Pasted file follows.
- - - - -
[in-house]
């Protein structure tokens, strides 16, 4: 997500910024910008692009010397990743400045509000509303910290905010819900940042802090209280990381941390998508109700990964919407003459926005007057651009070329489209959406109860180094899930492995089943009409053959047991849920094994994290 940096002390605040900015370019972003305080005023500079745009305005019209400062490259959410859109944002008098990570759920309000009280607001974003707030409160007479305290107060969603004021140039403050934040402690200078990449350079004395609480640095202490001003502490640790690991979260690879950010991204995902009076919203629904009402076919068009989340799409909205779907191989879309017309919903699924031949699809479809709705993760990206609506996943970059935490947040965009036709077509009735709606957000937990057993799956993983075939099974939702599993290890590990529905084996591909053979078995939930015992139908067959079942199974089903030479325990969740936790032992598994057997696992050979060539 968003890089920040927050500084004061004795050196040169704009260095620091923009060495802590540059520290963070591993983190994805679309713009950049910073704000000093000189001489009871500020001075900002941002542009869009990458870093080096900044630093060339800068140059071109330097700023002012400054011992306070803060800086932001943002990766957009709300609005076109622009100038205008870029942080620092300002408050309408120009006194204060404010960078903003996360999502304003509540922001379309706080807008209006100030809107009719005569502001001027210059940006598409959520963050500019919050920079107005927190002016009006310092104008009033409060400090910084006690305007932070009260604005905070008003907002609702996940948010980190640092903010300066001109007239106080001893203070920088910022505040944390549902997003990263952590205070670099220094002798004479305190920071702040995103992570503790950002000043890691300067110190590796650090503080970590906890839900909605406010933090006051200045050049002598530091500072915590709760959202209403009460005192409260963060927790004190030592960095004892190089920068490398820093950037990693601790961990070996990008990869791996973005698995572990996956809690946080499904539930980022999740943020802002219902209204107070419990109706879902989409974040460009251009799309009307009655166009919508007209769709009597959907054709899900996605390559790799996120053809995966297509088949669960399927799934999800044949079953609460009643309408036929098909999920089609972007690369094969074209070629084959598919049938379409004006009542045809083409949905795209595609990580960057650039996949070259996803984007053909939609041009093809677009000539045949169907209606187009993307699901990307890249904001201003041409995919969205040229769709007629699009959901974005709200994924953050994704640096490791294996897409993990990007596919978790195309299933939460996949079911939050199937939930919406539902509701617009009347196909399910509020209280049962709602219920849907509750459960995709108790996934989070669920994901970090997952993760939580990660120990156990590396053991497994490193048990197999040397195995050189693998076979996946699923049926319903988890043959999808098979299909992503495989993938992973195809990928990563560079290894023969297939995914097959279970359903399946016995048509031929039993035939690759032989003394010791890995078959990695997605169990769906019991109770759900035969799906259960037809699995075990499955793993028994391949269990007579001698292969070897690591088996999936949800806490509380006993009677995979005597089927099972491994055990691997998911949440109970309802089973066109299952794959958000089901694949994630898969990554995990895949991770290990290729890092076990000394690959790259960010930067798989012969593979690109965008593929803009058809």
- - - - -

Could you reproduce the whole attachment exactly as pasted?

[in-house]
């Protein structure tokens, strides 16, 4: 997500910024910008692009010397990743400045509000509303910290905010819900940042802090209280990381941390998508109700990964919407003459926005007057651009070329489209959406109860180094899930492995089943009409053959047991849920094994994290 940096002390605040900015370019972003305080005023500079745009305005019209400062490259959410859109944002008098990570759920309000009280607001974003707030409160007479305290107060969603004021140039403050934040402690200078990449350079004395609480640095202490001003502490640790690991979260690879950010991204995902009076919203629904009402076919068009989340799409909205779907191989879309017309919903699924031949699809479809709705993760990206609506996943970059935490947040965009036709077509009735709606957000937990057993799956993983075939099974939702599993290890590990529905084996591909053979078995939930015992139908067959079942199974089903030479325990969740936790032992598994057997696992050979060539 968003890089920040927050500084004061004795050196040169704009260095620091923009060495802590540059520290963070591993983190994805679309713009950049910073704000000093000189001489009871500020001075900002941002542009869009990458870093080096900044630093060339800068140059071109330097700023002012400054011992306070803060800086932001943002990766957009709300609005076109622009100038205008870029942080620092300002408050309408120009006194204060404010960078903003996360999502304003509540922001379309706080807008209006100030809107009719005569502001001027210059940006598409959520963050500019919050920079107005927190002016009006310092104008009033409060400090910084006690305007932070009260604005905070008003907002609702996940948010980190640092903010300066001109007239106080001893203070920088910022505040944390549902997003990263952590205070670099220094002798004479305190920071702040995103992570503790950002000043890691300067110190590796650090503080970590906890839900909605406010933090006051200045050049002598530091500072915590709760959202209403009460005192409260963060927790004190030592960095004892190089920068490398820093950037990693601790961990070996990008990869791996973005698995572990996956809690946080499904539930980022999740943020802002219902209204107070419990109706879902989409974040460009251009799309009307009655166009919508007209769709009597959907054709899900996605390559790799996120053809995966297509088949669960399927799934999800044949079953609460009643309408036929098909999920089609972007690369094969074209070629084959598919049938379409004006009542045809083409949905795209595609990580960057650039996949070259996803984007053909939609041009093809677009000539045949169907209606187009993307699901990307890249904001201003041409995919969205040229769709007629699009959901974005709200994924953050994704640096490791294996897409993990990007596919978790195309299933939460996949079911939050199937939930919406539902509701617009009347196909399910509020209280049962709602219920849907509750459960995709108790996934989070669920994901970090997952993760939580990660120990156990590396053991497994490193048990197999040397195995050189693998076979996946699923049926319903988890043959999808098979299909992503495989993938992973195809990928990563560079290894023969297939995914097959279970359903399946016995048509031929039993035939690759032989003394010791890995078959990695997605169990769906019991109770759900035969799906259960037809699995075990499955793993028994391949269990007579001698292969070897690591088996999936949800806490509380006993009677995979005597089927099972491994055990691997998911949440109970309802089973066109299952794959958000089901694949994630898969990554995990895949991770290990290729890092076990000394690959790259960010930067798989012969593979690109965008593929803009058809």